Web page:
Sometimes, when the application process gets me down, I have to go look at cute kittens.
Sometimes, when the application process gets me down, I have to go look at cute kittens.

Fifth in the How Do Bishops Become Bishops Series*

As I take a break from preparing my application to be a bishop in a diocese I shant name, I recall my own thought process and the conversations I had with people in the church about me blogging during this Process. For clarification, I shall provide you with a cast of characters right now for said conversations: There is Michael, my husband. There is Vicki, my friend who gives me an office and who is a priest with far more experience than I have. There is Fran, my best friend from seminary who is a priest and keeping me sane in this process. There is James [name changed to protect the innocent!] who is the co-chair of the Search Committee, a priest and an acquaintance from seminary.

So, to recap slightly, the first thing that happened in this process is that Vicki pointed out I should be the bishop of this place and offered to nominate me and I did what I do sometimes – I got obliquely whiney on Twitter. Then when I thought some more, talked with Michael and Fran and a few others, I decided I would go for it and processed part of that out loud – which is to say I blogged it. (For the record, I did check to see that I wasn’t breaking some obscure canon law first. I’m not.) My rational was simple at this first stage – I blog. It’s what I do and how I communicate, and I, unlike so many, don’t have a parish that I need to keep this information from in the early stages. I can actually talk about it and not jeopardize my current career should I not get elected.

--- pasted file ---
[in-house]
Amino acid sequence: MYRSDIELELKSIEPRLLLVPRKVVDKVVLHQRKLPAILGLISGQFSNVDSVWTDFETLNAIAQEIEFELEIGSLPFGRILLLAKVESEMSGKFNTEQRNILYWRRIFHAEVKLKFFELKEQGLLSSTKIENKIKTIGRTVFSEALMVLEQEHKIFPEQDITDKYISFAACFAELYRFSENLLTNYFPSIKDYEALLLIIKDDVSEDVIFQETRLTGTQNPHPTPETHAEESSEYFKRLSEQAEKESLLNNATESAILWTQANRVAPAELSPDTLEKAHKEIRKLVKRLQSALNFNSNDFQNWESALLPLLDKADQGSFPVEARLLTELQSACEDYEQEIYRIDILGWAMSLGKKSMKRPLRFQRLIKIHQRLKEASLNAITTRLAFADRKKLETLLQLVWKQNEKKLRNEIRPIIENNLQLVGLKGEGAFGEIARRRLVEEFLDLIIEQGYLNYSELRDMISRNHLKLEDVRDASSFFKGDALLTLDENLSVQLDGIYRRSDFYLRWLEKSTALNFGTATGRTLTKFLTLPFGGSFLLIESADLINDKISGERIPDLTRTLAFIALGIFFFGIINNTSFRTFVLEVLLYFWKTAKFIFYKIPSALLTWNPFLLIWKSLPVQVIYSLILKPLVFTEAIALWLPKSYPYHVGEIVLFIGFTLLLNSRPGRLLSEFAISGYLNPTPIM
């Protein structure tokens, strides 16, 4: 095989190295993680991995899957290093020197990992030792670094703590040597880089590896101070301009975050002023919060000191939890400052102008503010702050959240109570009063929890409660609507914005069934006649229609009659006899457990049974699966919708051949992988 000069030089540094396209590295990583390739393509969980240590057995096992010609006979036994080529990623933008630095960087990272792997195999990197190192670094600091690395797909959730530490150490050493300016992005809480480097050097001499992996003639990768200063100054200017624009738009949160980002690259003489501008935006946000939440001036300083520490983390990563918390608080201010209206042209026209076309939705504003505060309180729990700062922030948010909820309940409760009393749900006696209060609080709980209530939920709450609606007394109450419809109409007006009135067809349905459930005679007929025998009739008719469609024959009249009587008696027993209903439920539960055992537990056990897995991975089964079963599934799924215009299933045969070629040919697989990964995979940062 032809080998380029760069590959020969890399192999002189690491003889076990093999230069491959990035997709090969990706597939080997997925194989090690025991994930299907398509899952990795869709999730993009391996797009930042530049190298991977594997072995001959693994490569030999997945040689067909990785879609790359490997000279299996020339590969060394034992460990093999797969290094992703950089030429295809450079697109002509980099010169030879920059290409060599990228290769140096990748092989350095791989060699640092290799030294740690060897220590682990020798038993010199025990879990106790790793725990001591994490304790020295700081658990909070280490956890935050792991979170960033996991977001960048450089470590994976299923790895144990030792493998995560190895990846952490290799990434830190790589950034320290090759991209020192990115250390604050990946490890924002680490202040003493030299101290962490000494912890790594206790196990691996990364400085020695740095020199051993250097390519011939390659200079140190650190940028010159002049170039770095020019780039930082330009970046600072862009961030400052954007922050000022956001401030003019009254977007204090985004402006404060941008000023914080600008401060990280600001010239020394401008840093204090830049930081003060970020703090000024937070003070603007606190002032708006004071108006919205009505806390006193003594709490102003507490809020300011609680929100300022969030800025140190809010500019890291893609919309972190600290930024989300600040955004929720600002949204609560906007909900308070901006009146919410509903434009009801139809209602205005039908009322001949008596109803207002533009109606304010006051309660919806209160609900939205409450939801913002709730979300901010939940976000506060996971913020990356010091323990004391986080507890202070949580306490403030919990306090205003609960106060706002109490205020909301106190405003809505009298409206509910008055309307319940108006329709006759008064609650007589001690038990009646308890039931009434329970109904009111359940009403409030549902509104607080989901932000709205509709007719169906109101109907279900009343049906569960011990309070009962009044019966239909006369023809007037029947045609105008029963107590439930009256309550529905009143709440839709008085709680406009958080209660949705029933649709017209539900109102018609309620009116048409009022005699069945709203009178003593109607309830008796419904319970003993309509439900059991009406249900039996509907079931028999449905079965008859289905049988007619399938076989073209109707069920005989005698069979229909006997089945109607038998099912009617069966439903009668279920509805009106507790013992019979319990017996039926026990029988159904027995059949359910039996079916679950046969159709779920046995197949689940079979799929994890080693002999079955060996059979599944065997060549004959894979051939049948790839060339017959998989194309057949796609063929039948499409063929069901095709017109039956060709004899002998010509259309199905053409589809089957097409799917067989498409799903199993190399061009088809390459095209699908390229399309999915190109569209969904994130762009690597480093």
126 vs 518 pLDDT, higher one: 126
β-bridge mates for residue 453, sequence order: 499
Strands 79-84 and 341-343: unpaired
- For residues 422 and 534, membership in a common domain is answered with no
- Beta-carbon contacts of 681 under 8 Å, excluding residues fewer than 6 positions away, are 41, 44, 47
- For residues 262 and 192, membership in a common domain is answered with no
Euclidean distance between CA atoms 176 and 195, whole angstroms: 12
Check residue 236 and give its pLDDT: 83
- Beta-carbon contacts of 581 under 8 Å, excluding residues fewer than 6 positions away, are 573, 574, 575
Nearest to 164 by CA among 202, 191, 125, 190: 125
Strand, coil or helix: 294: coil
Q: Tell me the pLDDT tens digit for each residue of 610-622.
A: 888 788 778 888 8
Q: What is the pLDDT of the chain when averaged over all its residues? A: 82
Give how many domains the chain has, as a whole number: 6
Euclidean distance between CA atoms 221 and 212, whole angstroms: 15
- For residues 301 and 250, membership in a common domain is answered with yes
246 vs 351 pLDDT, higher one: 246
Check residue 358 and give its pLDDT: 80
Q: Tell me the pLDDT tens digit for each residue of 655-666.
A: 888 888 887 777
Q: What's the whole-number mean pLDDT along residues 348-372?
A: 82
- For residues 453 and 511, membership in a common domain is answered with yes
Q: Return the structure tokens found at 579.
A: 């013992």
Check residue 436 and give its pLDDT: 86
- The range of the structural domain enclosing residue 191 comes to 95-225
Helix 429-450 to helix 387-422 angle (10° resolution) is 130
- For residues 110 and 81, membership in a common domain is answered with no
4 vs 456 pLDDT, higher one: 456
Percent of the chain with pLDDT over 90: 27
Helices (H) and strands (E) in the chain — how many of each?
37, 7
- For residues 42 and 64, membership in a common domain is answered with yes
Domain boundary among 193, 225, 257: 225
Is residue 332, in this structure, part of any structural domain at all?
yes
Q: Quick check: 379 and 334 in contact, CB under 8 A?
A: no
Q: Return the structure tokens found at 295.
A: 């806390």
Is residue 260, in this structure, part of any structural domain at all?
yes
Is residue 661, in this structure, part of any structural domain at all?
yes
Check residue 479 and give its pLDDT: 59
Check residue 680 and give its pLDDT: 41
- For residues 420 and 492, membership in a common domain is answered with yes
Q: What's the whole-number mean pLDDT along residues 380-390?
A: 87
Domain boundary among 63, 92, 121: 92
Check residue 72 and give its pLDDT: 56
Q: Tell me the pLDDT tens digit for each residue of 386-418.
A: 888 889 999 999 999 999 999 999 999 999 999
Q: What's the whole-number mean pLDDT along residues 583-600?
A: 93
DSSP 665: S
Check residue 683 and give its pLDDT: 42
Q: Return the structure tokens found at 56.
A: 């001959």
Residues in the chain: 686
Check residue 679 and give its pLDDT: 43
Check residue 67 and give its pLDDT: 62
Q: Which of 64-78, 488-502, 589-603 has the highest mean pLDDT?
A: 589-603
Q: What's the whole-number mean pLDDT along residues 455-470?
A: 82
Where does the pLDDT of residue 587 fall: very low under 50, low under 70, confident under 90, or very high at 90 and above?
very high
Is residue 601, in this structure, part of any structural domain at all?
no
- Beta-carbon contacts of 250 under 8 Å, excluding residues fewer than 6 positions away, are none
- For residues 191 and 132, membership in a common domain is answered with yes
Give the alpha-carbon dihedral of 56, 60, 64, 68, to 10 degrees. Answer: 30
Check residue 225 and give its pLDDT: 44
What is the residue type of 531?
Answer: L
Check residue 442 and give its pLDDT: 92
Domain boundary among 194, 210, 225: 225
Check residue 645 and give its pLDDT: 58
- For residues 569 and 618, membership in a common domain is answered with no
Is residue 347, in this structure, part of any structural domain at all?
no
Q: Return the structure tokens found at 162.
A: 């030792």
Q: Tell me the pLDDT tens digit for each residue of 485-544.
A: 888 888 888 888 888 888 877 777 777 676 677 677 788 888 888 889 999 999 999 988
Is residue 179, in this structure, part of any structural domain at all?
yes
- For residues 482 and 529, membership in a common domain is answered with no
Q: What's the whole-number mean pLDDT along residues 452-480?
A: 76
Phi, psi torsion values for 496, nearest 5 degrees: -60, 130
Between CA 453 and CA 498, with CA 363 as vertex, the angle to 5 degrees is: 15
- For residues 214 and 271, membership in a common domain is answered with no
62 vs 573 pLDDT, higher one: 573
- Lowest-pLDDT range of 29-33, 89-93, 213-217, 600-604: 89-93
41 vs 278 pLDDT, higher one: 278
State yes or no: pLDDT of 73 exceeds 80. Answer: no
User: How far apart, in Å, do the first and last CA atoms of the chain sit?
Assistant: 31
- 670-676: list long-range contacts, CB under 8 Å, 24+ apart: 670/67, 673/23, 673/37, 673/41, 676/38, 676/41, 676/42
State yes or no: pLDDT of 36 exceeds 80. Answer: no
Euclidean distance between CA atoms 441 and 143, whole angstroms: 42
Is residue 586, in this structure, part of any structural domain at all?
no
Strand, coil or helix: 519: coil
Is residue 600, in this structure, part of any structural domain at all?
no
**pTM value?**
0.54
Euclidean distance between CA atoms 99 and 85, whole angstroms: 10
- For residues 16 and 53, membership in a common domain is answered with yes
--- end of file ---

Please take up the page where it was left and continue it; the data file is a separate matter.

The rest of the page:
I also find singing very relaxing. Don't you?
I also find singing very relaxing. Don’t you?

Then the second thing happens. Part of the application packet that is sent has this line: We request that all candidates in the search process agree to…avoid activities that would involve lobbying, politicking, or other forms of self-promotion. So then I start taking a good hard look inside of me. Because I had said before that I was only doing this for non-Episcopalians (or Episcopalians who really don’t know how their church works), but was I really being honest with myself? And even if I was being honest with myself, is this in someone else’s eyes very clearly one of the aforementioned activities to be avoided? And so I think. And I talk with Michael. And Vicki. And Fran. And Fran points out that if I want to, I could just lay my situation out to the Search Committee and put the ball in their court. So I do.